Answering Islam - A Christian-Muslim dialog

#JeSuisCharlie versus #JeNeSuisPasCharlie

How to stop the war between Secularism and Islam


The satirical magazine ‘Charlie Hebdo’ has not just offended Muslims deeply, it has drawn very distasteful cartoons of Jesus and the Christian faith as well. Therefore, as practicing Christians we feel the hurt and pain our Muslim friends are going through. At the same time we condemn all the killings that were committed as a reaction to the provocative drawings.

The opposing movements are known as

#JeSuisCharlie   and    #JeNeSuisPasCharlie.

Their goal is to identify with those who suffer and to uphold their beliefs. Both sides have made good arguments but seem to have missed what is most important. It can be summarized as:

#JeSuisJésusAussi1 (#I am Jesus as well). Practicing Christians identify with the teachings of Jesus Christ who came to set people free. However, the New Testament, known as ‘Injeel’, does not define freedom as to be deliberately offensive to others but as to speak the truth in love to them.2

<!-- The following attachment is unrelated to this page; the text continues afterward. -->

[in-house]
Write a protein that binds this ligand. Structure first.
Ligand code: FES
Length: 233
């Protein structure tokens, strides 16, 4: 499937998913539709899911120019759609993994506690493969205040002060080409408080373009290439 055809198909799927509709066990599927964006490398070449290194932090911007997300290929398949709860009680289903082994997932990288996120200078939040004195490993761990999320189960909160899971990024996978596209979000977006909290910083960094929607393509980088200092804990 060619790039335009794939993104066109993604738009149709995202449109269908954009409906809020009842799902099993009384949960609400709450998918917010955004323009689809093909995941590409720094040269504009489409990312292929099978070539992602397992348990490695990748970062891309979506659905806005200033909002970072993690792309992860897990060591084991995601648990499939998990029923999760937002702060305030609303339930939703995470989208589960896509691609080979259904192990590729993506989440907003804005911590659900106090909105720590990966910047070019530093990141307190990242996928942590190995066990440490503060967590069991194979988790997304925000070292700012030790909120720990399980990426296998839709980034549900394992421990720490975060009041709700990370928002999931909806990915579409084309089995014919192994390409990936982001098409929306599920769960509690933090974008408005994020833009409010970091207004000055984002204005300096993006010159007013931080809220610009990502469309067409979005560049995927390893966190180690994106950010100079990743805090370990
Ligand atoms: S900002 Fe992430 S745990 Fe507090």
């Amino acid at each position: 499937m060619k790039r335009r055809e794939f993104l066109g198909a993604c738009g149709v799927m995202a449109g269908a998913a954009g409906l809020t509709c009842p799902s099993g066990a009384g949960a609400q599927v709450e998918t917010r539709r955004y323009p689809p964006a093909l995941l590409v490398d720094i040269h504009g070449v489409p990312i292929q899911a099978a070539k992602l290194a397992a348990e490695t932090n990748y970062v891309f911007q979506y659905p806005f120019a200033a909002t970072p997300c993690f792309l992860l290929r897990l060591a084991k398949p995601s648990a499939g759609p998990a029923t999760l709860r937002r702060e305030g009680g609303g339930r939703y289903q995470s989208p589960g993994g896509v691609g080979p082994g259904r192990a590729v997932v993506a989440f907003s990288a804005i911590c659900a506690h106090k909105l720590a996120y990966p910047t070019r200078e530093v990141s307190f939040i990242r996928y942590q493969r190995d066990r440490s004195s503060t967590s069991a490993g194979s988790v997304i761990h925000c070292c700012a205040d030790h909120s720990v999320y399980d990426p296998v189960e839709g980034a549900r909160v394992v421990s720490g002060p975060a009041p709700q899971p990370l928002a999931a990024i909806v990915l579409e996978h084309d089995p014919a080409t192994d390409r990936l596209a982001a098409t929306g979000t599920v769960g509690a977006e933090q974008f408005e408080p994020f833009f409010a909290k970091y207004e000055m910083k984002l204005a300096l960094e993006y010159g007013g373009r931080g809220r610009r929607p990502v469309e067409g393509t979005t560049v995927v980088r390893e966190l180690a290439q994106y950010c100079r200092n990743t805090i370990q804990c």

Where do we go from here?

A peaceful and respectful dialogue concentrating on facts rather than feelings alone is hereby proposed. The following ten questions addressed to Muslims are not meant to hurt them but are asked to gain a better understanding:

  • Numerous good things are known by Muslims about the prophet of Islam. However, is it true that he has ordered Ka`b bin al-Ashraf to be murdered for opposing him with words mainly? (See Bukhari Vol.5, Book 59, Nr. 369)3